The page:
Our Iceland adventure continues with our road trip from Akureyri to Vík! I know it seems there are so many posts on Iceland, but that’s because we have two and a half weeks of content to share with you! After spending a few days in northern Iceland, it was time to hop into the car to drive out towards the east coast of the country. After departing Deplar Farm (insert sad face), we drove the 90 minutes southeast towards Akureyri. Akureyri is the second most populated city in Iceland behind Reykjavik, and we thought it would be the perfect place to stop for lunch before our long drive ahead.
We parked at a local museum since Akureyri’s street parking was a bit difficult to figure out, and we walked towards the heart of the city. We stopped at Bláa Kannan for lunch, grabbing hot chocolates, coffee (for Tor), croissants, and sandwiches before exploring more of the city. One of the iconic landmarks in Akureyri is Akureyrarkirkja, a Lutheran church up on a hill that presides over the city. A similar church, Hallgrímskirkja, is the most famous landmark in the capital city Reykjavik.
After a bit of time in Akureyri, we hopped back in the car for a 90 minute drive to our next stop – Mývatn. Our friend Mara had told us to make sure we stopped there, so while it was still light out we made the journey over. However, a massive snowstorm ended up slowing us down a little bit since there was no visibility. We ended up timing our drive out well, since later that night we found out that the road we were on (route 1) ended up closing due to the accumulating snow. This was going to be a theme for the rest of our Iceland trip as winter had finally arrived.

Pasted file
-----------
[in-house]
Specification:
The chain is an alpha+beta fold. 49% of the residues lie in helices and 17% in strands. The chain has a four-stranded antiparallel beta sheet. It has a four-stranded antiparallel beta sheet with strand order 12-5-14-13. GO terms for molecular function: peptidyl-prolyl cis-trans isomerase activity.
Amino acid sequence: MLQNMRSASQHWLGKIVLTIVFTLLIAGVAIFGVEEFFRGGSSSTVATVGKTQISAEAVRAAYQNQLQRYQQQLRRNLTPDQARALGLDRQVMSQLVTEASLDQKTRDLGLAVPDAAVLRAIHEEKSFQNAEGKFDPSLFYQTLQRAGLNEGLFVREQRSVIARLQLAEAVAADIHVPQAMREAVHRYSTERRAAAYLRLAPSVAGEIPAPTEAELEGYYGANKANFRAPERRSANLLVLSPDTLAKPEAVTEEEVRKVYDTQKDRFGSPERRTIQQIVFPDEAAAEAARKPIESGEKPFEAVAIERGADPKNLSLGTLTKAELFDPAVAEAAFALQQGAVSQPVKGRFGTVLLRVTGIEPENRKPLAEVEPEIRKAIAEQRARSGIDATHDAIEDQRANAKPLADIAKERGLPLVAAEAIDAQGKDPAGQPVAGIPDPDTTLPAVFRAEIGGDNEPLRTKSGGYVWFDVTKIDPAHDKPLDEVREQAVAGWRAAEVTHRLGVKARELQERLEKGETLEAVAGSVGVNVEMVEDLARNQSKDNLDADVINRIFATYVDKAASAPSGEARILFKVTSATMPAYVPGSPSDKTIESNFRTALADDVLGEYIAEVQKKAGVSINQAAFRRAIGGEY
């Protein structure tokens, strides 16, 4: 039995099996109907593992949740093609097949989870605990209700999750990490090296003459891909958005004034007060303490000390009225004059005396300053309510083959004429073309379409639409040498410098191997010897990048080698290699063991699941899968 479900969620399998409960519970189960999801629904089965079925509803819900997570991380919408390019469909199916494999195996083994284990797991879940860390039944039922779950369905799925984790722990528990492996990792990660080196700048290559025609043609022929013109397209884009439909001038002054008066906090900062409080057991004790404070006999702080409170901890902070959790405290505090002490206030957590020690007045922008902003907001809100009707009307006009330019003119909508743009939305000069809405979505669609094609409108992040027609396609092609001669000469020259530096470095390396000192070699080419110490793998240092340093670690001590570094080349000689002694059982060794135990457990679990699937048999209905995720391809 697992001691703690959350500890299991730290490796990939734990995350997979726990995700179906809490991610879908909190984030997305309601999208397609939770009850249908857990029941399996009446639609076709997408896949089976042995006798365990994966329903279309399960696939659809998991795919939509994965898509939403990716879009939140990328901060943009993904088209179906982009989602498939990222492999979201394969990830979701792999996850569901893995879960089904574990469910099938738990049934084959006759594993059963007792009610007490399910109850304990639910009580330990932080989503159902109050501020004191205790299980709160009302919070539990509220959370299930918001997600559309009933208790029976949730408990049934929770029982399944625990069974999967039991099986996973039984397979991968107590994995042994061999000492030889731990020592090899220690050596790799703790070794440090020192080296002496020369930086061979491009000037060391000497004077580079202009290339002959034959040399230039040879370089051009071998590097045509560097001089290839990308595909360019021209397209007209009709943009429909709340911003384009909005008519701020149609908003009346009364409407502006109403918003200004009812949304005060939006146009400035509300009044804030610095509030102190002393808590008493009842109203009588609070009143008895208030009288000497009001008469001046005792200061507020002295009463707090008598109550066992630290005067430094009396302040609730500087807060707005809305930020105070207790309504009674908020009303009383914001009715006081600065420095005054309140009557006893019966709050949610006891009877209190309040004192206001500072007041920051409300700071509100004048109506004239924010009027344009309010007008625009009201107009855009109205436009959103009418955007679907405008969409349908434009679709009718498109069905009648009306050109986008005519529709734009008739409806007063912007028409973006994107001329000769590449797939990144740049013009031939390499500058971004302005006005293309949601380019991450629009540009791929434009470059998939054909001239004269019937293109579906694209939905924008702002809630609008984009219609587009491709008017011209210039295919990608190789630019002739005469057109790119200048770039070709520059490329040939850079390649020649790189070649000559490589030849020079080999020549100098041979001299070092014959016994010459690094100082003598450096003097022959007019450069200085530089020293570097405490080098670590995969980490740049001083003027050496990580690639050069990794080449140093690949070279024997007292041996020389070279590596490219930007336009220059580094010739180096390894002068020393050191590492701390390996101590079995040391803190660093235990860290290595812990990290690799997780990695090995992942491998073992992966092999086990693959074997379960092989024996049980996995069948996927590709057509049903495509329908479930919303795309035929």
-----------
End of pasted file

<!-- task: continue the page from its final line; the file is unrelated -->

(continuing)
We were lucky that it wasn’t snowing at Lake Mývatn (yet!). In fact, it was beautifully sunny (but brutally cold). We pulled over off the side of the road onto a black sand beach (which was now a white sand beach thanks to the snow). After taking in the gorgeous views, we hopped back in the car and made our way over to Námafjall, which is an area between Mývatn and Krafla that is famous for its bubbling grounds. We were told to make sure we stopped here, but we were also warned it would be a bit smelly.
If you haven’t smelled sulfur before, then you’re in for a treat. Sulfur smells just like rotten eggs, and when you find yourself in a massive field full of boiling mud pots (called solfataras) containing sulfur, it smells like rotten eggs times one hundred. Eventually we got used to the smell and got to witness a beautiful sight of the bubbling grounds.
Despite the rotten eggs smell sticking around inside our car for about an hour, we drove about 5 hours across the rest of northern Iceland towards our final stop for the night – Höfn. After stopping in Egilsstaðir for gas, the massive snowstorm that originated at Deplar Farm had grown to take over most of northern Iceland and was moving towards us in the east. Tor decided to take a shortcut to make sure we made it to our hotel way before the snow would hit, but that required taking a mountain road. The Ring Road ends up looping around the east fjords, adding about another hour to our already lengthy 7 hour drive.
I ended up falling asleep just before Tor made the decision to take the mountain road, and I woke up near the end of it. He was so glad I fell asleep because it was pretty steep and he knew I would’ve cried, said forty Hail Mary’s, and texted my family my final goodbyes. We would only recommend mountain roads if the weather is good (in our case, no snow or ice was on the ground yet) and if it’s still light outside (the sun set just after we joined back up with the Ring Road). Always look up road conditions on www.road.is first before taking any detours.